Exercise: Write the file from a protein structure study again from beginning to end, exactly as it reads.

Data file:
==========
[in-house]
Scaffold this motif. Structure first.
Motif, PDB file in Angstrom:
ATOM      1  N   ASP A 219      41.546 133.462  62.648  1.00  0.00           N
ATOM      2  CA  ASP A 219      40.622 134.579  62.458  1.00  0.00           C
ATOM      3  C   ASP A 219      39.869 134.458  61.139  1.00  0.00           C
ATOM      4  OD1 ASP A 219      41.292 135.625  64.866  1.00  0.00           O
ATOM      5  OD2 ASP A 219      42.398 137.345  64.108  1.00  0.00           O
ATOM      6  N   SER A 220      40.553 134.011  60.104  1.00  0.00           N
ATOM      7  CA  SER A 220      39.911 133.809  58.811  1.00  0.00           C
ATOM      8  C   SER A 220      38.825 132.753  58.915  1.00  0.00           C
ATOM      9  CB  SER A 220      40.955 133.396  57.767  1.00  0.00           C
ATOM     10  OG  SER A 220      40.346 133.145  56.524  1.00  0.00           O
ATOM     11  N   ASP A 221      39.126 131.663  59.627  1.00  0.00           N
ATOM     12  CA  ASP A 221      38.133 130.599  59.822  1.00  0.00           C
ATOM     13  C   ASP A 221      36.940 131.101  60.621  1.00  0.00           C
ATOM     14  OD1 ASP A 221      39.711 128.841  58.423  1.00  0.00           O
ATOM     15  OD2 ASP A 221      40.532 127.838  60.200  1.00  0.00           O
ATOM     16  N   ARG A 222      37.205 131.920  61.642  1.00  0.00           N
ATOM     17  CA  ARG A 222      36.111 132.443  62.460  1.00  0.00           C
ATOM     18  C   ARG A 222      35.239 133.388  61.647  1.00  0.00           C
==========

[in-house]
Scaffold this motif. Structure first.
Motif, PDB file in Angstrom:
ATOM      1  N   ASP A 219      41.546 133.462  62.648  1.00  0.00           N
ATOM      2  CA  ASP A 219      40.622 134.579  62.458  1.00  0.00           C
ATOM      3  C   ASP A 219      39.869 134.458  61.139  1.00  0.00           C
ATOM      4  OD1 ASP A 219      41.292 135.625  64.866  1.00  0.00           O
ATOM      5  OD2 ASP A 219      42.398 137.345  64.108  1.00  0.00           O
ATOM      6  N   SER A 220      40.553 134.011  60.104  1.00  0.00           N
ATOM      7  CA  SER A 220      39.911 133.809  58.811  1.00  0.00           C
ATOM      8  C   SER A 220      38.825 132.753  58.915  1.00  0.00           C
ATOM      9  CB  SER A 220      40.955 133.396  57.767  1.00  0.00           C
ATOM     10  OG  SER A 220      40.346 133.145  56.524  1.00  0.00           O
ATOM     11  N   ASP A 221      39.126 131.663  59.627  1.00  0.00           N
ATOM     12  CA  ASP A 221      38.133 130.599  59.822  1.00  0.00           C
ATOM     13  C   ASP A 221      36.940 131.101  60.621  1.00  0.00           C
ATOM     14  OD1 ASP A 221      39.711 128.841  58.423  1.00  0.00           O
ATOM     15  OD2 ASP A 221      40.532 127.838  60.200  1.00  0.00           O
ATOM     16  N   ARG A 222      37.205 131.920  61.642  1.00  0.00           N
ATOM     17  CA  ARG A 222      36.111 132.443  62.460  1.00  0.00           C
ATOM     18  C   ARG A 222      35.239 133.388  61.647  1.00  0.00           C